ISSN (Print) - 0012-9976 | ISSN (Online) - 2349-8846

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Power : Phase Difference


It is not just incongruous that at a time when the prime minister has been offering up the vision of a well-wired India and the harnessing of state-of-the-art science and technology to the country's developmental goals, there should have been a power failure in the northern region serious enough to impair supplies even to the PM's office. Whatever be the detailed analysis of the massive failure, it highlights a major fault in the developmental perspective on technological advance. This is a taste of things to come if the interface between new technologies and the old ethos, practices, attitudes and systems is not well planned and managed. It offers a lesson in the broad philosophy of development whether in creating power infrastructure or expanding biotechnology or introducing state-of-the-art medicare: that technological advance is not merely a matter of hardware but of capacity-building among people, of putting in place workable management systems and of transforming old concepts of efficiency. The power sector offers perhaps the best illustration of all the things that can go wrong when there is a phase difference in the system, a lag between technical efficiency and managerial competence, in whatever guise it comes, poor work ethos or corruption.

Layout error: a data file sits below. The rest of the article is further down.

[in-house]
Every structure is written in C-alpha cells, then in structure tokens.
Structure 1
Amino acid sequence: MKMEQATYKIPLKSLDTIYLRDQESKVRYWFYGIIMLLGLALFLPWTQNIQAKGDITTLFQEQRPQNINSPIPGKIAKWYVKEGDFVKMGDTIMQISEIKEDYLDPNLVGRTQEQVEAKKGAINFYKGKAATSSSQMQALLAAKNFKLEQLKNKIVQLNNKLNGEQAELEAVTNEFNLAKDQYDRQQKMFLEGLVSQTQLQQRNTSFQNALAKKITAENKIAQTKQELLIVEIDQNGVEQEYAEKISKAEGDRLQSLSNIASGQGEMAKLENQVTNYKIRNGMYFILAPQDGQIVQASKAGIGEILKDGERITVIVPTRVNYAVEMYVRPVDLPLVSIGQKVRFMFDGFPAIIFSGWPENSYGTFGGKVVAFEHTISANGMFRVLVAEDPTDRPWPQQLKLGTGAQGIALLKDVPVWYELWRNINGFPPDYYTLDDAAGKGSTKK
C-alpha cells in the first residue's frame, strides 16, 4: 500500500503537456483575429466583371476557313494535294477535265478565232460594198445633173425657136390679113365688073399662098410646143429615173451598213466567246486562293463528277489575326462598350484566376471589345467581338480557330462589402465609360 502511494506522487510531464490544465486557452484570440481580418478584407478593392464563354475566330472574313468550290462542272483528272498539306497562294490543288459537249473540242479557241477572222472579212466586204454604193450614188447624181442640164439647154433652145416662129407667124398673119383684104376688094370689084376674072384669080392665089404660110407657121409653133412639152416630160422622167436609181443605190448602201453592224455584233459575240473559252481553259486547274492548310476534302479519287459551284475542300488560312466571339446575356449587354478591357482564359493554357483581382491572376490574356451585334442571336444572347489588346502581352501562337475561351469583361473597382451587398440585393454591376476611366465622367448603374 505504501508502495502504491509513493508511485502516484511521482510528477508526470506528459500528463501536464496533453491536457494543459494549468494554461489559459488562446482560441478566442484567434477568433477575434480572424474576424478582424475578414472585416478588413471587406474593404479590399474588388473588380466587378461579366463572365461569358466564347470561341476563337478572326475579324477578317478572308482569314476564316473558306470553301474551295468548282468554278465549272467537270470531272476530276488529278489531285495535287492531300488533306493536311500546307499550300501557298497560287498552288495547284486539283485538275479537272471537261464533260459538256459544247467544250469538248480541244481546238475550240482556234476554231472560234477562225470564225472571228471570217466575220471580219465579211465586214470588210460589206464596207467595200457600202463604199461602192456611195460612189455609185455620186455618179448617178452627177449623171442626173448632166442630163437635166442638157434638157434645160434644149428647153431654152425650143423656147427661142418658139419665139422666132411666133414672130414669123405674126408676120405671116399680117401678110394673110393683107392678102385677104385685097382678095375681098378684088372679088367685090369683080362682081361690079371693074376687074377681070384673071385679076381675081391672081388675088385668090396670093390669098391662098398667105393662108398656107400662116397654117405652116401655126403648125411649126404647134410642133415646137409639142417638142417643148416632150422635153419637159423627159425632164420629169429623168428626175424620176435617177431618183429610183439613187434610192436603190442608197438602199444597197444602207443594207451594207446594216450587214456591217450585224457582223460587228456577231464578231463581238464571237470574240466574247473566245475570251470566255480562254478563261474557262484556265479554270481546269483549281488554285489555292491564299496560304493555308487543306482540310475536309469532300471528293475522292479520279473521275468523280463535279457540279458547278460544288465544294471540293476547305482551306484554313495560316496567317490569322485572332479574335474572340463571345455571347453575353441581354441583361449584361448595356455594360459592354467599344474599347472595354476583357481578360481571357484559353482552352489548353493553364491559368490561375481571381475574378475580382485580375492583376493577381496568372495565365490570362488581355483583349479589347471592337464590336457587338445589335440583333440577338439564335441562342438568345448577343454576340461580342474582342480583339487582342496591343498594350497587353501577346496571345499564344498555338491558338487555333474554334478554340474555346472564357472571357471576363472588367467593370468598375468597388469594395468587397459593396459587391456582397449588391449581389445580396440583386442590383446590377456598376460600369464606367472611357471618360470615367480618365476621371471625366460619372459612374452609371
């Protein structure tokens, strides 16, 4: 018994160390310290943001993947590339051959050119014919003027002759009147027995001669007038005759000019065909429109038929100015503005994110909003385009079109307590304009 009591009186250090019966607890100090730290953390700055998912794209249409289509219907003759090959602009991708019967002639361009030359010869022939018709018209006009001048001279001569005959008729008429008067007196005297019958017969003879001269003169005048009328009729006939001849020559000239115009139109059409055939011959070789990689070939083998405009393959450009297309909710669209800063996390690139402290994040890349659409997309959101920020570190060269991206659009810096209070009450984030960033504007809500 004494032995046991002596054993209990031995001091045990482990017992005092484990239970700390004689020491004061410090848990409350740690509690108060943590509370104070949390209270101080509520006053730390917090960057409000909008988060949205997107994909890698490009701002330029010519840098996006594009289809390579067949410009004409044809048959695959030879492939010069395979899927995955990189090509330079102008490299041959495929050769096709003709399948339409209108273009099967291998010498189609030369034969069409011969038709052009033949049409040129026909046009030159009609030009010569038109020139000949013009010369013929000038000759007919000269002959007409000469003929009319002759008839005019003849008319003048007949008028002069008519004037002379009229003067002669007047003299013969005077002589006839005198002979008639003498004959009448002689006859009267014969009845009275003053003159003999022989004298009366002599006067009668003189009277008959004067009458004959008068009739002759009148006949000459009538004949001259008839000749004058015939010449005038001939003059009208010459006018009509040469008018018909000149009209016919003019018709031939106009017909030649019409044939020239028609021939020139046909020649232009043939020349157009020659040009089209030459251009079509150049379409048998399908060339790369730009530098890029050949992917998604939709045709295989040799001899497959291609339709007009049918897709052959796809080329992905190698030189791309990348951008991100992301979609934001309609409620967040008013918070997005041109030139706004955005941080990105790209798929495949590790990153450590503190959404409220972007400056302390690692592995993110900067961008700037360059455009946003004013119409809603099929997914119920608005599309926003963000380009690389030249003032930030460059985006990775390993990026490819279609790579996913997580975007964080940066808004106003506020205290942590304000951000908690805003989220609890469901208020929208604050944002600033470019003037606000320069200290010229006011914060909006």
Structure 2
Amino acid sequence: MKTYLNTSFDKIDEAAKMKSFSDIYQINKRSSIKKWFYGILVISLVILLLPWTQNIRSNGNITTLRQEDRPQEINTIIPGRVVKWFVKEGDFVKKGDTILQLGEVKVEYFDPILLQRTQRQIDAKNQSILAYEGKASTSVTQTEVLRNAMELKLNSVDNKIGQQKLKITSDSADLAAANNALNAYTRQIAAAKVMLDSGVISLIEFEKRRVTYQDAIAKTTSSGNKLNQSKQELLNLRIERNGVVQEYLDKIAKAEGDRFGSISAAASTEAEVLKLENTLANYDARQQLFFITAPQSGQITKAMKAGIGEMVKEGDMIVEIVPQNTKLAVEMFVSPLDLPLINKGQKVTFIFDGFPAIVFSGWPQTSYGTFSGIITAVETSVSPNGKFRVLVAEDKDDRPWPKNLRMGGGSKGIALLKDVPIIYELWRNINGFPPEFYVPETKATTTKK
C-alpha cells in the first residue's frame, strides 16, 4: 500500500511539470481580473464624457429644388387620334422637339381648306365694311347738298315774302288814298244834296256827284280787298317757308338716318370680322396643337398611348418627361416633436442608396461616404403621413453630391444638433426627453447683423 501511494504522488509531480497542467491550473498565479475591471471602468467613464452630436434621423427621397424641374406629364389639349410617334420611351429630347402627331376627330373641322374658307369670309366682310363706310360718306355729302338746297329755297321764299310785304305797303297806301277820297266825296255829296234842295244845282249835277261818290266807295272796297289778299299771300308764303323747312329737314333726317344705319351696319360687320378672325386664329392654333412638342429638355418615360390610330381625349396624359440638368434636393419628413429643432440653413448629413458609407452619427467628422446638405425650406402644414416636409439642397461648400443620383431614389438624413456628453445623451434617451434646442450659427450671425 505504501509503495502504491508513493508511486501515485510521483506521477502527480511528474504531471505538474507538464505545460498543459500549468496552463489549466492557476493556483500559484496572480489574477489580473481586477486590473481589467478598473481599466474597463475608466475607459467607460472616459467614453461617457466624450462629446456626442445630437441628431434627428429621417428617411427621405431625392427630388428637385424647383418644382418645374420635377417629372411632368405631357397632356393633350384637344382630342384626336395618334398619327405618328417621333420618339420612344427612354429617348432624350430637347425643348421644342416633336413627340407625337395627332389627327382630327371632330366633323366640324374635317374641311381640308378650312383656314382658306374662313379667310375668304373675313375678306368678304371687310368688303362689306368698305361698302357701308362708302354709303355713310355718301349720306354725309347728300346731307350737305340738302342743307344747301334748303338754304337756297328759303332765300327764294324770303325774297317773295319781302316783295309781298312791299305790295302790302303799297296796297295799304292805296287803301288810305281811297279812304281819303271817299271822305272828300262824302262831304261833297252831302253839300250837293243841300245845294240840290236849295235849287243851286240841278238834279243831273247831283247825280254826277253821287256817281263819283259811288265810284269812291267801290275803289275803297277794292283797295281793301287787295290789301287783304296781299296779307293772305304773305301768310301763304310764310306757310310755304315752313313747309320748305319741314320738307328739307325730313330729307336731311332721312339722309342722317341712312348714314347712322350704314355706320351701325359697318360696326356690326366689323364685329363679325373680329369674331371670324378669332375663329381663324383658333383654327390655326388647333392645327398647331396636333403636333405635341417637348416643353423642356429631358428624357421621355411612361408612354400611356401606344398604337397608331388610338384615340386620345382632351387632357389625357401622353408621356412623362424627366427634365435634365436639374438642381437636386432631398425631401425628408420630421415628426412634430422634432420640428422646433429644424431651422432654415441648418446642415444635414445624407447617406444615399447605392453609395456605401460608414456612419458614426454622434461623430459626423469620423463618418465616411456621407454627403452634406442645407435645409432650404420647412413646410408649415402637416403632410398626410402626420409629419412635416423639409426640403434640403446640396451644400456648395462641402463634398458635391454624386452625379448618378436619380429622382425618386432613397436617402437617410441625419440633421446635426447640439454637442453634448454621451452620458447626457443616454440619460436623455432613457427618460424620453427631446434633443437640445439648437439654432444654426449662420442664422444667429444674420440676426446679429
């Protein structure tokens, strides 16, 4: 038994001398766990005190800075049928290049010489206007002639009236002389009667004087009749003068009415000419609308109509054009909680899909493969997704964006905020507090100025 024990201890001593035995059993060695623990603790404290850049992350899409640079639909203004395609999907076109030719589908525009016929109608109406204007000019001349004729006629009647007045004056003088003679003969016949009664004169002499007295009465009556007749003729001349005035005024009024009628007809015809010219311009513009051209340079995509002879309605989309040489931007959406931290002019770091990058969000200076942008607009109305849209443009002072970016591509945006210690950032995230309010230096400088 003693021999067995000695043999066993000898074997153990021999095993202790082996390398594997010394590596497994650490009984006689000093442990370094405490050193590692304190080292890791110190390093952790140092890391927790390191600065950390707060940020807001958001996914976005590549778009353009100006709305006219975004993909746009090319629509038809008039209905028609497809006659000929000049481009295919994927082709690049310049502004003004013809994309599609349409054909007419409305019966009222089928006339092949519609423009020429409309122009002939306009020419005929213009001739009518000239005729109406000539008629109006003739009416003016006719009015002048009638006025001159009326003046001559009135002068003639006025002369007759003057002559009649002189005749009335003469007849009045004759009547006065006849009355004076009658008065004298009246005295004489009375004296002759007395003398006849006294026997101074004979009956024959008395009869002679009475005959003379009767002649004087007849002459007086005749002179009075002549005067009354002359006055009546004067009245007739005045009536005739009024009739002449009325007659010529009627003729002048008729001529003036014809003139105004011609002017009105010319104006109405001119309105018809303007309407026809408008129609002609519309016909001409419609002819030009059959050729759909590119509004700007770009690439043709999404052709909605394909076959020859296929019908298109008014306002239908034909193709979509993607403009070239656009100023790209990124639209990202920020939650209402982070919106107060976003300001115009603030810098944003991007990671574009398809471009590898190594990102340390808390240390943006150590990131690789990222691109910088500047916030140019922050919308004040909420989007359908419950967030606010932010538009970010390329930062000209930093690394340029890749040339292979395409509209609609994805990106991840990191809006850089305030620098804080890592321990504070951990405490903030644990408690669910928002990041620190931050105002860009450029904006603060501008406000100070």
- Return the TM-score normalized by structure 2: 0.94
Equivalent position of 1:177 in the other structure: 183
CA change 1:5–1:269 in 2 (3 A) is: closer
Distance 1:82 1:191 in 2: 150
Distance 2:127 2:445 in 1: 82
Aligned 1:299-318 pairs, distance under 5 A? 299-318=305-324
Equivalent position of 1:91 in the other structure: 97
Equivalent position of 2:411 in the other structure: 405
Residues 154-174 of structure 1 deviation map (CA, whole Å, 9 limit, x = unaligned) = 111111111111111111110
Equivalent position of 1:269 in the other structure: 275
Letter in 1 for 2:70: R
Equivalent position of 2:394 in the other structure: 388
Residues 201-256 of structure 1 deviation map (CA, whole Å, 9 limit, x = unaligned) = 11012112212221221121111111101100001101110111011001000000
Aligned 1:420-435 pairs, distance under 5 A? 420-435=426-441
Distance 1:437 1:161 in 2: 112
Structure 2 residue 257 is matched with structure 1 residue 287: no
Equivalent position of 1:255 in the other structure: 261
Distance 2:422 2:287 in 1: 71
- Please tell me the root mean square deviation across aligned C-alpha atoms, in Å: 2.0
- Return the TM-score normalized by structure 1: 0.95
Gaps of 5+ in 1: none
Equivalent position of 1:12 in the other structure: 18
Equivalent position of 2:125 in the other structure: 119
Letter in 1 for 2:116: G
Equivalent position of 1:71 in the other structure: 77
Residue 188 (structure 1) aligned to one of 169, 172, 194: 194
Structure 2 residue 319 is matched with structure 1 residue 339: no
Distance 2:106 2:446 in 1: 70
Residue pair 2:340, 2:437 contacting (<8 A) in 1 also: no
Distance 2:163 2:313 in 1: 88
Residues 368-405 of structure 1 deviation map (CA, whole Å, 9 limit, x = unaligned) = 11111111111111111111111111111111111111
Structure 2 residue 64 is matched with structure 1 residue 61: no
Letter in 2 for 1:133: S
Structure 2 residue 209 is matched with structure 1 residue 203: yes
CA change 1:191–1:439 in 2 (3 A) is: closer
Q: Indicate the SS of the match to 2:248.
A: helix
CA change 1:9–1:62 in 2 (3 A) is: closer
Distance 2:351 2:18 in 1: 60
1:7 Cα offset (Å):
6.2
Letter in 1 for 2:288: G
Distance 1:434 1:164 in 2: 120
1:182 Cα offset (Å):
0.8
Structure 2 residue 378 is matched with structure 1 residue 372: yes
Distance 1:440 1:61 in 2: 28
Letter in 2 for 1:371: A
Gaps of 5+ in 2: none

While the various authorities are still putting together a comprehensible picture of what went wrong, some facts are clear enough from the first interim report submitted by the Powergrid Corporation of India (PGCIL). In the early hours of Tuesday, January 2, the National Regional Load Despatch Centre (NRLDC) registered low voltage and some tripping in the system; soon the northern grid separated in two parts, tripping two lines. After this the excess generation in the eastern part prompted a sharp frequency rise leading to the collapse of that part of the grid. In consequence, the western part of the grid, plagued by low generation and low frequency, tripped bringing about a total failure. The sequence of the trips and frequency fluctuations was such that the usual remedial measures, such as transfer of power from one part of the grid to another could not take place. Further, there is evidence that states in the grid routinely draw more power than they are entitled to, but if this does not occur at the point of peak demand than it does not affect the grid levels. Peak demand in the northern region is 17,000 MW and generation 15,000 MW. More seriously, it has been reported that one of the stations refused to accede to the requests of the NRLDC to reduce generation. Also, the PGCIL in a later report has claimed that the failure of transformers supplied by the BHEL led to the first tripping and said that it will sue the public sector company.

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